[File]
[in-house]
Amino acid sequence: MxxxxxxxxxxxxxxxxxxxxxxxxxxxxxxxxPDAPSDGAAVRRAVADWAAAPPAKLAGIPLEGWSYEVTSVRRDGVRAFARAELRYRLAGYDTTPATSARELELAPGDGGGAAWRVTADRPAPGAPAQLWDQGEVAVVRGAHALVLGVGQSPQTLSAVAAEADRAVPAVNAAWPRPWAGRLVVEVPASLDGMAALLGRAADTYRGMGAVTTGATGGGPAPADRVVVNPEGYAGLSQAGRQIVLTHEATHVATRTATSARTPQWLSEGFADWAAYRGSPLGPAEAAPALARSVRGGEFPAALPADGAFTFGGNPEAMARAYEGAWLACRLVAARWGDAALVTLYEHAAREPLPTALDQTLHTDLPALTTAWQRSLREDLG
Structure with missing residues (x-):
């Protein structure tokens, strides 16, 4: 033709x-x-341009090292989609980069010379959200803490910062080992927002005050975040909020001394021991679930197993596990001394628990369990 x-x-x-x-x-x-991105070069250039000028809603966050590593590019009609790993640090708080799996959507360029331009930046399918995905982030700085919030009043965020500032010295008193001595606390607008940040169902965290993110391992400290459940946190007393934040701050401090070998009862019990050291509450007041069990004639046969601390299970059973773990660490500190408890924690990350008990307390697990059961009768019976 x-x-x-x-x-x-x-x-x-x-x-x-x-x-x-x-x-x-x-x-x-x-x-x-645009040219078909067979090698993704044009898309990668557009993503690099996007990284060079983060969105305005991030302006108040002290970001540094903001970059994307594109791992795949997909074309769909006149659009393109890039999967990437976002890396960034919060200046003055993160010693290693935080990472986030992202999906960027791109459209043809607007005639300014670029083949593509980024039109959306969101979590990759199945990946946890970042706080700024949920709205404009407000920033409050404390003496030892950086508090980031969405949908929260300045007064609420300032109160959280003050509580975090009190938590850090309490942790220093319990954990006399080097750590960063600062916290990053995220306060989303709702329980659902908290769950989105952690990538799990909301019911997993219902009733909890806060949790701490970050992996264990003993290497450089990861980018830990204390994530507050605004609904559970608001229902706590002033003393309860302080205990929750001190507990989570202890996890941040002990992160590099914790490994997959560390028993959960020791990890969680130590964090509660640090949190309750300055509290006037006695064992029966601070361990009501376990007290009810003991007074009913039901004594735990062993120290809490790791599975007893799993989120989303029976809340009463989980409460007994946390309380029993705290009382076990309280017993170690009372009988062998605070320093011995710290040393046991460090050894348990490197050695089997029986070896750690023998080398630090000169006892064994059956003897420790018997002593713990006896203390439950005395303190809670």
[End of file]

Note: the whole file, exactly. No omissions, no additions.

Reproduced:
[in-house]
Amino acid sequence: MxxxxxxxxxxxxxxxxxxxxxxxxxxxxxxxxPDAPSDGAAVRRAVADWAAAPPAKLAGIPLEGWSYEVTSVRRDGVRAFARAELRYRLAGYDTTPATSARELELAPGDGGGAAWRVTADRPAPGAPAQLWDQGEVAVVRGAHALVLGVGQSPQTLSAVAAEADRAVPAVNAAWPRPWAGRLVVEVPASLDGMAALLGRAADTYRGMGAVTTGATGGGPAPADRVVVNPEGYAGLSQAGRQIVLTHEATHVATRTATSARTPQWLSEGFADWAAYRGSPLGPAEAAPALARSVRGGEFPAALPADGAFTFGGNPEAMARAYEGAWLACRLVAARWGDAALVTLYEHAAREPLPTALDQTLHTDLPALTTAWQRSLREDLG
Structure with missing residues (x-):
């Protein structure tokens, strides 16, 4: 033709x-x-341009090292989609980069010379959200803490910062080992927002005050975040909020001394021991679930197993596990001394628990369990 x-x-x-x-x-x-991105070069250039000028809603966050590593590019009609790993640090708080799996959507360029331009930046399918995905982030700085919030009043965020500032010295008193001595606390607008940040169902965290993110391992400290459940946190007393934040701050401090070998009862019990050291509450007041069990004639046969601390299970059973773990660490500190408890924690990350008990307390697990059961009768019976 x-x-x-x-x-x-x-x-x-x-x-x-x-x-x-x-x-x-x-x-x-x-x-x-645009040219078909067979090698993704044009898309990668557009993503690099996007990284060079983060969105305005991030302006108040002290970001540094903001970059994307594109791992795949997909074309769909006149659009393109890039999967990437976002890396960034919060200046003055993160010693290693935080990472986030992202999906960027791109459209043809607007005639300014670029083949593509980024039109959306969101979590990759199945990946946890970042706080700024949920709205404009407000920033409050404390003496030892950086508090980031969405949908929260300045007064609420300032109160959280003050509580975090009190938590850090309490942790220093319990954990006399080097750590960063600062916290990053995220306060989303709702329980659902908290769950989105952690990538799990909301019911997993219902009733909890806060949790701490970050992996264990003993290497450089990861980018830990204390994530507050605004609904559970608001229902706590002033003393309860302080205990929750001190507990989570202890996890941040002990992160590099914790490994997959560390028993959960020791990890969680130590964090509660640090949190309750300055509290006037006695064992029966601070361990009501376990007290009810003991007074009913039901004594735990062993120290809490790791599975007893799993989120989303029976809340009463989980409460007994946390309380029993705290009382076990309280017993170690009372009988062998605070320093011995710290040393046991460090050894348990490197050695089997029986070896750690023998080398630090000169006892064994059956003897420790018997002593713990006896203390439950005395303190809670």